In a multi-billion-dollar industry, mobile bird app takes flight
Every year, more than 45 million Americans engage in birdwatching, an activity that creates jobs and revenue for communities
The NSF-funded Merlin Bird ID app identifies bird species based on descriptions or photos.
Credit and Larger Version
January 2, 2018
NSF-funded researchers at the Cornell Lab of Ornithology launched Merlin Bird ID, a mobile app that can identify more than 1,150 species of North American birds. The app now has more than 1.6 million users.
Users answer five questions to describe the bird they see, and Merlin reveals the most likely species based on the user's location and time of year. The app taps into more than 415 million observations from the NSF-funded eBird citizen science project to make the best match. Merlin also identifies birds from photos using machine-learning and computer vision algorithms developed by Visipedia, a research group at Cornell Tech and Caltech, supported in part by a Google Focused Research Award. More than 4 million images of birds were used to train the computer's vision recognition system.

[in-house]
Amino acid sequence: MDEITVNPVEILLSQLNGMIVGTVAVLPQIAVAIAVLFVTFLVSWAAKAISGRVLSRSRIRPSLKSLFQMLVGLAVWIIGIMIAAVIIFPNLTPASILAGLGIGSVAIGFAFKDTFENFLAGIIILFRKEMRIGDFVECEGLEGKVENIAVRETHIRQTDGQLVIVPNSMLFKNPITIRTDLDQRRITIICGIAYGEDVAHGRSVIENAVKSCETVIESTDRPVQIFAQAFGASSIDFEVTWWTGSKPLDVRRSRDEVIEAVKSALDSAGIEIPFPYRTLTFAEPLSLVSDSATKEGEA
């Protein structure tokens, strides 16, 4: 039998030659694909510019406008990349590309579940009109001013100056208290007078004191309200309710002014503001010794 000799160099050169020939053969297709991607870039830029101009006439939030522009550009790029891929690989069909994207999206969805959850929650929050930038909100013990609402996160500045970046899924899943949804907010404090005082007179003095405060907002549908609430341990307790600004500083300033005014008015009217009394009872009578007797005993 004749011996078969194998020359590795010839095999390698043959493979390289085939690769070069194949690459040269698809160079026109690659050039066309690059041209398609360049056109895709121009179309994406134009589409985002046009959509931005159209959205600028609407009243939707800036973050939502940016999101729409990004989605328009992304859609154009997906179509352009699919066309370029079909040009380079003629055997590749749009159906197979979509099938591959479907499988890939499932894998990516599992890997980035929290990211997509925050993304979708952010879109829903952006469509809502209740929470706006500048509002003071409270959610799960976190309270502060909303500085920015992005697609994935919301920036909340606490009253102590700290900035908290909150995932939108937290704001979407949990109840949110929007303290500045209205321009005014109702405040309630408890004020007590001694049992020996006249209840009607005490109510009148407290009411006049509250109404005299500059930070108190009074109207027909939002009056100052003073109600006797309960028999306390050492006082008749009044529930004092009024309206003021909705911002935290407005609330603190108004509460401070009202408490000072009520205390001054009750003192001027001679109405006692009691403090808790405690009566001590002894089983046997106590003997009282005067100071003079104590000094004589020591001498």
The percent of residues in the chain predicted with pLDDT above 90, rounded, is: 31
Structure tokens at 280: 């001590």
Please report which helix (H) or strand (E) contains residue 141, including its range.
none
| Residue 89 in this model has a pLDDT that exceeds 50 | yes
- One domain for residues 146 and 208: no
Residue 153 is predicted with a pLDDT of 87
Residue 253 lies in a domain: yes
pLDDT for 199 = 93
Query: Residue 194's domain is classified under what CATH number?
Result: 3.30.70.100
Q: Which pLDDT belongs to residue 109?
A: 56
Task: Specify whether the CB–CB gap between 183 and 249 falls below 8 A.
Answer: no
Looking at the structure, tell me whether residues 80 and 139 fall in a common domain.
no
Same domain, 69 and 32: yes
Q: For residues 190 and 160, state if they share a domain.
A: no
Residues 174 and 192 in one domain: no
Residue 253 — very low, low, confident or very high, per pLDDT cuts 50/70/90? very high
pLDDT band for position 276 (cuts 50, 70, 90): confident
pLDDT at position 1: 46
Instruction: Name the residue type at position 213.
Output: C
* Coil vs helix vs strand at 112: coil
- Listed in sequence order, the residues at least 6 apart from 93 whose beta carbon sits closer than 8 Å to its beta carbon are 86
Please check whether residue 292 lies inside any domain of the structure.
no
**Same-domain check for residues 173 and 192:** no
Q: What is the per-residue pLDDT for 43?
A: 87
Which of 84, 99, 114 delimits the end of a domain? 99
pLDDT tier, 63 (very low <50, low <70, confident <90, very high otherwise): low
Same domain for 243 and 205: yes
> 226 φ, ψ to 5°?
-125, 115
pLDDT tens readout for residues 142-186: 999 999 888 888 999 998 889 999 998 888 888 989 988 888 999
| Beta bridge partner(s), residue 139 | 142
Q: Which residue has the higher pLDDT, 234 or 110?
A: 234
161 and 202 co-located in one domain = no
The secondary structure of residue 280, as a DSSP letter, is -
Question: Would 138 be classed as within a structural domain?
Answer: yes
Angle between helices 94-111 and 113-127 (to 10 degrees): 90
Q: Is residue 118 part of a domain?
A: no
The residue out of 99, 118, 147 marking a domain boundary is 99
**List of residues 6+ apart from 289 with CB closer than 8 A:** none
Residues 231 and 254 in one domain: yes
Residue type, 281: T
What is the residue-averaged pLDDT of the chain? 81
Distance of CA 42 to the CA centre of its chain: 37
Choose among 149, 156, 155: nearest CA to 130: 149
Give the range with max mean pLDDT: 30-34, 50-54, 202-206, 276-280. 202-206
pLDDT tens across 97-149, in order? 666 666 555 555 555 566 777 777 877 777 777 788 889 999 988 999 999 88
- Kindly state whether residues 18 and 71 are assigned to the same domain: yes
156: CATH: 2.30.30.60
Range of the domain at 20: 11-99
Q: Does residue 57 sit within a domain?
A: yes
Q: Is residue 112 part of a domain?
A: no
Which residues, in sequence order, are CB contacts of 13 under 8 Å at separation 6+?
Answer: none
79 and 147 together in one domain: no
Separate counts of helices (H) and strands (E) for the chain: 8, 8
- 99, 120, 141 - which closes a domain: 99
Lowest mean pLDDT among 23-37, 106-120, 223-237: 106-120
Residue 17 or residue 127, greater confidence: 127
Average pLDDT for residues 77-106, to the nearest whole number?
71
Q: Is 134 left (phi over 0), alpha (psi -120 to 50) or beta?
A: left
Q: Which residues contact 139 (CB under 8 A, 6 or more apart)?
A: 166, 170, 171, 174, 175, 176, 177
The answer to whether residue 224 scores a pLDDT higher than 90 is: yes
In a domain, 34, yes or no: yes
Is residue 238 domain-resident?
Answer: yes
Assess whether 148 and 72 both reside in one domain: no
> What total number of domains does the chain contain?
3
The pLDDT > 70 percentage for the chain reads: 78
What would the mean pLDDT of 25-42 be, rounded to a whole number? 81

Wildlife watching is one of the most popular outdoor pastimes in the U.S., according to the U.S. Fish and Wildlife Service (USFWS). A 2016 USFWS survey found that of the 86 million Americans engaged in wildlife watching activities, 45 million of those were bird observers. Wildlife watching expenditures reached $76 billion in 2016, sustaining millions of jobs and generating local, state and federal revenues.